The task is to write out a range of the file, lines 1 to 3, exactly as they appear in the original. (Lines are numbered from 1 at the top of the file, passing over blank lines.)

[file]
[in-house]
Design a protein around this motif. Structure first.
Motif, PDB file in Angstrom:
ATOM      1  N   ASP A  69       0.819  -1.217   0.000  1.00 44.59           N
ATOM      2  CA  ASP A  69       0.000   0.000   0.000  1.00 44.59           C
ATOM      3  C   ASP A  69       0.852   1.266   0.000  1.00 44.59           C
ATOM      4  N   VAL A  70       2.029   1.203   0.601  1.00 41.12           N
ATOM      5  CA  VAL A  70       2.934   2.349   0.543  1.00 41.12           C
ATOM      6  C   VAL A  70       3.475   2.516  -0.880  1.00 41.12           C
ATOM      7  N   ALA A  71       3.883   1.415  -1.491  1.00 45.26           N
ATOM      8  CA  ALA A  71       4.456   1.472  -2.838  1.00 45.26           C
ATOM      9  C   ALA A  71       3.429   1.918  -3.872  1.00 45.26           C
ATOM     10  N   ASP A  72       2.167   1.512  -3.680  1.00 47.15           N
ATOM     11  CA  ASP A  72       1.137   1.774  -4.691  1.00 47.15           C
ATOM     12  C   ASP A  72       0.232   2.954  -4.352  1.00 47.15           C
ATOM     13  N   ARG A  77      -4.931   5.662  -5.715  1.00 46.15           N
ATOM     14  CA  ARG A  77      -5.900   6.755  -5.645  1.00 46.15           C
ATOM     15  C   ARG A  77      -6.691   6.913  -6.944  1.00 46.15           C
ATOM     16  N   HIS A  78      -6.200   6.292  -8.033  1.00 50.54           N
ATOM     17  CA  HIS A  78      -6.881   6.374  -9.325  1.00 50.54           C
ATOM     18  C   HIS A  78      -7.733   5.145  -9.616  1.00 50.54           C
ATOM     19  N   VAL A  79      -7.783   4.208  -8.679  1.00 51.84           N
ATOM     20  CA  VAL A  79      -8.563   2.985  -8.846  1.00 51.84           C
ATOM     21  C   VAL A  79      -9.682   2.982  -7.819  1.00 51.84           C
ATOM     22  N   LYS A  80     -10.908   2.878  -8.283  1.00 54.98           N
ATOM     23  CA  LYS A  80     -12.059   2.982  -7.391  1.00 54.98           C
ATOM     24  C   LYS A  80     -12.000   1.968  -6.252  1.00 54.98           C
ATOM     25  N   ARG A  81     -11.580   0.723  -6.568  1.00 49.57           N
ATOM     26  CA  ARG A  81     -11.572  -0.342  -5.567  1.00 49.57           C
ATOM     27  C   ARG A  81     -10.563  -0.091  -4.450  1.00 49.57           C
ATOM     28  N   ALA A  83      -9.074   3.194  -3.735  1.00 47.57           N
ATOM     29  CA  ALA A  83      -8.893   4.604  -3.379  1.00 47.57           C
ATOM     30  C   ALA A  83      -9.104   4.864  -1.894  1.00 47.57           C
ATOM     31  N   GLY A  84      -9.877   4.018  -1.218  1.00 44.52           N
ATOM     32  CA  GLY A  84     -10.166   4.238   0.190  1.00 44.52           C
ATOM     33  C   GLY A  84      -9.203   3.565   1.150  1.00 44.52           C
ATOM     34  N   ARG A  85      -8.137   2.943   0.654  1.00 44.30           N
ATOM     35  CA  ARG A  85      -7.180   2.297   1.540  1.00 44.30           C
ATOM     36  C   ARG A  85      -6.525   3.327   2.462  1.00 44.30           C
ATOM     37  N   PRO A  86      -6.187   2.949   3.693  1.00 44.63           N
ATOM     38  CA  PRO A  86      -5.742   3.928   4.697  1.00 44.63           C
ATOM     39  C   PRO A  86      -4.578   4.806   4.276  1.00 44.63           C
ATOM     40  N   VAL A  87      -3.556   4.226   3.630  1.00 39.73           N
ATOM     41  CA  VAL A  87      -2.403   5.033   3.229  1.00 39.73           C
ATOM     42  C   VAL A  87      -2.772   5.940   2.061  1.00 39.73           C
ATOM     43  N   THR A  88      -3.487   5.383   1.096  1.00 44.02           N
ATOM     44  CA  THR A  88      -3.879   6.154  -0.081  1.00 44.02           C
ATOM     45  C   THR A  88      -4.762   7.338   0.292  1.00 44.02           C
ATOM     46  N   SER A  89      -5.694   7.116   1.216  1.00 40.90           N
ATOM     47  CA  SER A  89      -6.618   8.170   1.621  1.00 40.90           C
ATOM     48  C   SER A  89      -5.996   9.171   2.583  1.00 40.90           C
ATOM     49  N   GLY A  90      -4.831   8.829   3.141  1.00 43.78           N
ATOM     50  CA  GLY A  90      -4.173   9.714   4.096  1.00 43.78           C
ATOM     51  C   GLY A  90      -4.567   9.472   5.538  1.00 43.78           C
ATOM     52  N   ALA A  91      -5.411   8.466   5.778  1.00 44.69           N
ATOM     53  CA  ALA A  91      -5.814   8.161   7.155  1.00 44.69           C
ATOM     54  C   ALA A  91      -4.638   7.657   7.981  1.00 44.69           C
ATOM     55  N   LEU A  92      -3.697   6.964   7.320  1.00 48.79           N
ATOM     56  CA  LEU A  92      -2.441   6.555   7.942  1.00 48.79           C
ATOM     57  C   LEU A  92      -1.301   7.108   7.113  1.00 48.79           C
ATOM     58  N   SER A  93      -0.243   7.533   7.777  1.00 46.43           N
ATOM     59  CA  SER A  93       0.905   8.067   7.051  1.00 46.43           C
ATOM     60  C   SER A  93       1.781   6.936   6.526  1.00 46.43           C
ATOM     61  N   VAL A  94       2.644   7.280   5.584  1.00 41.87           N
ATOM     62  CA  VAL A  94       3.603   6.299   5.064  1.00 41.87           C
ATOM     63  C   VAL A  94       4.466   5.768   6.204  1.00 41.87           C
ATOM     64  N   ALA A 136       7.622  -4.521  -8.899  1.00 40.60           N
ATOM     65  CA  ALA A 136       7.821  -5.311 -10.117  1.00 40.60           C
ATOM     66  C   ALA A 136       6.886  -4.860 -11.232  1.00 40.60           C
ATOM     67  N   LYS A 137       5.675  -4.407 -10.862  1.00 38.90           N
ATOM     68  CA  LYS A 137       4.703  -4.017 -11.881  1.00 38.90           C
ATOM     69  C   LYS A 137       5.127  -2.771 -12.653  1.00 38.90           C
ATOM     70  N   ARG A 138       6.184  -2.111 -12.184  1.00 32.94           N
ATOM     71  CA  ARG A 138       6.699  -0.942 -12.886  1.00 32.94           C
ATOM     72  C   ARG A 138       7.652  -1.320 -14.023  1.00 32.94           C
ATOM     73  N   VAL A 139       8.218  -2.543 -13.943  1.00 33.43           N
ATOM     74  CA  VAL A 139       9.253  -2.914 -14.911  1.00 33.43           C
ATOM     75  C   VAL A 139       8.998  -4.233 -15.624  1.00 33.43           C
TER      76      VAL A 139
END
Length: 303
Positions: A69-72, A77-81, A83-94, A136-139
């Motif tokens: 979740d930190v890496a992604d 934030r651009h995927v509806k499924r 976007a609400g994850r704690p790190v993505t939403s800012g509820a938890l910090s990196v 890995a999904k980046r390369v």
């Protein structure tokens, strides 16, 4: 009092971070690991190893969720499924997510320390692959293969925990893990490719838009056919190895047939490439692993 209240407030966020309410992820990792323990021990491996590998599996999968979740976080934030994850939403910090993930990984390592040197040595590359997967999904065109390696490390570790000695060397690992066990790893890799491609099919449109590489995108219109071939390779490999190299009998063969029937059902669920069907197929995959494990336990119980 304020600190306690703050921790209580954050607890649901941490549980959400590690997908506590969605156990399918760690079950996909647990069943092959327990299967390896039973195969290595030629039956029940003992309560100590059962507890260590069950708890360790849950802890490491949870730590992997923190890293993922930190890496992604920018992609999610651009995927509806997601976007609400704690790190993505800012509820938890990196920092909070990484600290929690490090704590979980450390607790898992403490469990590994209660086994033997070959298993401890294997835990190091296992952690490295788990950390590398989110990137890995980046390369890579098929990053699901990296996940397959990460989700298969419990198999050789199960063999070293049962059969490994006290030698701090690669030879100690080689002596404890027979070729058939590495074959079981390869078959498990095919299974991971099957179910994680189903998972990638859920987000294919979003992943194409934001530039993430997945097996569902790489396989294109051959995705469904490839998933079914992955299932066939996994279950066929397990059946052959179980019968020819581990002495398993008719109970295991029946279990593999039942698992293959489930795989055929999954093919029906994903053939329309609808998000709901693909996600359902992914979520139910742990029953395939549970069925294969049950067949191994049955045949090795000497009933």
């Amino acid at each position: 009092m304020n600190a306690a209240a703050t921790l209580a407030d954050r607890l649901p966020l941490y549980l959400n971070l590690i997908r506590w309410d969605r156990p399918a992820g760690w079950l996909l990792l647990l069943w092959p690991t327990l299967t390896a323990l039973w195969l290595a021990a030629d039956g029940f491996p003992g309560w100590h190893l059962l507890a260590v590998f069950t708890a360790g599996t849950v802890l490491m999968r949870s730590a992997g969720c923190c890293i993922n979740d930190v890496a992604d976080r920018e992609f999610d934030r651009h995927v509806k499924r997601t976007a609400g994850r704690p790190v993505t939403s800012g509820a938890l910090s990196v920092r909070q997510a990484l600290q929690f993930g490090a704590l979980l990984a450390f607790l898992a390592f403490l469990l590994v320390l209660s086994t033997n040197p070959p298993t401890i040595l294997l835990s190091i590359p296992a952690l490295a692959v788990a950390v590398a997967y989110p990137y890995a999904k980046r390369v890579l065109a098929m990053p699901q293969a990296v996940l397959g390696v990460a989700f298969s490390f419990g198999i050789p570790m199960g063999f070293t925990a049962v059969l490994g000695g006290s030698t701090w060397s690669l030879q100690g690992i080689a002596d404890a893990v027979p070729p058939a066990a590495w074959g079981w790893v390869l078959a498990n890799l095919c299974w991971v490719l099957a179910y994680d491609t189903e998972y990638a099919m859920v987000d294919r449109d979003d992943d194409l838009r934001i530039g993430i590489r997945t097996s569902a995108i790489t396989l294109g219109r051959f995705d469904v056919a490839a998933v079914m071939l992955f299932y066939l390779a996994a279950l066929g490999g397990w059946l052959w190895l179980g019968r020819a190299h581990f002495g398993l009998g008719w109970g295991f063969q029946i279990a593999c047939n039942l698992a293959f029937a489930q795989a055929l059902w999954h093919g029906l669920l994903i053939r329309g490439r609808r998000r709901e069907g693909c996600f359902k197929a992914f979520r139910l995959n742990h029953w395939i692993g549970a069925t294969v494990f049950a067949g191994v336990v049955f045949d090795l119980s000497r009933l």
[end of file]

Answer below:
[in-house]
Design a protein around this motif. Structure first.
Motif, PDB file in Angstrom: